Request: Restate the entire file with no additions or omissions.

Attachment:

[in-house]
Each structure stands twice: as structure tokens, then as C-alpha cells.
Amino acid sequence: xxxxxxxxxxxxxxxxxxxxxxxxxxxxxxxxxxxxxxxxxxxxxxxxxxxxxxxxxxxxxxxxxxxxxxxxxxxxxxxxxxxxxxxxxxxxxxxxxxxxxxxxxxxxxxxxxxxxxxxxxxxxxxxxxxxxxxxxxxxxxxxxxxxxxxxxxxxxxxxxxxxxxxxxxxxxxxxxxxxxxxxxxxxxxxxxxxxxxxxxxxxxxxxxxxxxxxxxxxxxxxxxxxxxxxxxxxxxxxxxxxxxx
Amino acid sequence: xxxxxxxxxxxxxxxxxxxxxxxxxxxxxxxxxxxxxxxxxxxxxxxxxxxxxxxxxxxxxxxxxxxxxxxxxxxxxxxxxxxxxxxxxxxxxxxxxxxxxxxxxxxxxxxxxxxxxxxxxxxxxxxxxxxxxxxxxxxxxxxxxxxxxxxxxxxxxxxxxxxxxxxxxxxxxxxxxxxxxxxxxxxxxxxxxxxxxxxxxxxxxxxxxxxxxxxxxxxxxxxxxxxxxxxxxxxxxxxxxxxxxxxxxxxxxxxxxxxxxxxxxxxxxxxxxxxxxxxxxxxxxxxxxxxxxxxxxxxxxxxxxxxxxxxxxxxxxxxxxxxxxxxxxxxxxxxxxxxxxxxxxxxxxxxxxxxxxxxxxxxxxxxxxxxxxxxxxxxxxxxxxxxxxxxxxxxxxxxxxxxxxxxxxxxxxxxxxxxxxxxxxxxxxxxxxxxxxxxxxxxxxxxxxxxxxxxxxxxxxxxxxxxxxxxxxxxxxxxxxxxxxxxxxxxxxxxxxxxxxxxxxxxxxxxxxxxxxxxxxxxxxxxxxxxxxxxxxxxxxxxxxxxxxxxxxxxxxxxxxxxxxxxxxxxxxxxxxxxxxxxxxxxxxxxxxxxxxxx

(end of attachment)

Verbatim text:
[in-house]
Each structure stands twice: as structure tokens, then as C-alpha cells.
Amino acid sequence: xxxxxxxxxxxxxxxxxxxxxxxxxxxxxxxxxxxxxxxxxxxxxxxxxxxxxxxxxxxxxxxxxxxxxxxxxxxxxxxxxxxxxxxxxxxxxxxxxxxxxxxxxxxxxxxxxxxxxxxxxxxxxxxxxxxxxxxxxxxxxxxxxxxxxxxxxxxxxxxxxxxxxxxxxxxxxxxxxxxxxxxxxxxxxxxxxxxxxxxxxxxxxxxxxxxxxxxxxxxxxxxxxxxxxxxxxxxxxxxxxxxxx
Amino acid sequence: xxxxxxxxxxxxxxxxxxxxxxxxxxxxxxxxxxxxxxxxxxxxxxxxxxxxxxxxxxxxxxxxxxxxxxxxxxxxxxxxxxxxxxxxxxxxxxxxxxxxxxxxxxxxxxxxxxxxxxxxxxxxxxxxxxxxxxxxxxxxxxxxxxxxxxxxxxxxxxxxxxxxxxxxxxxxxxxxxxxxxxxxxxxxxxxxxxxxxxxxxxxxxxxxxxxxxxxxxxxxxxxxxxxxxxxxxxxxxxxxxxxxxxxxxxxxxxxxxxxxxxxxxxxxxxxxxxxxxxxxxxxxxxxxxxxxxxxxxxxxxxxxxxxxxxxxxxxxxxxxxxxxxxxxxxxxxxxxxxxxxxxxxxxxxxxxxxxxxxxxxxxxxxxxxxxxxxxxxxxxxxxxxxxxxxxxxxxxxxxxxxxxxxxxxxxxxxxxxxxxxxxxxxxxxxxxxxxxxxxxxxxxxxxxxxxxxxxxxxxxxxxxxxxxxxxxxxxxxxxxxxxxxxxxxxxxxxxxxxxxxxxxxxxxxxxxxxxxxxxxxxxxxxxxxxxxxxxxxxxxxxxxxxxxxxxxxxxxxxxxxxxxxxxxxxxxxxxxxxxxxxxxxxxxxxxxxxxxxxx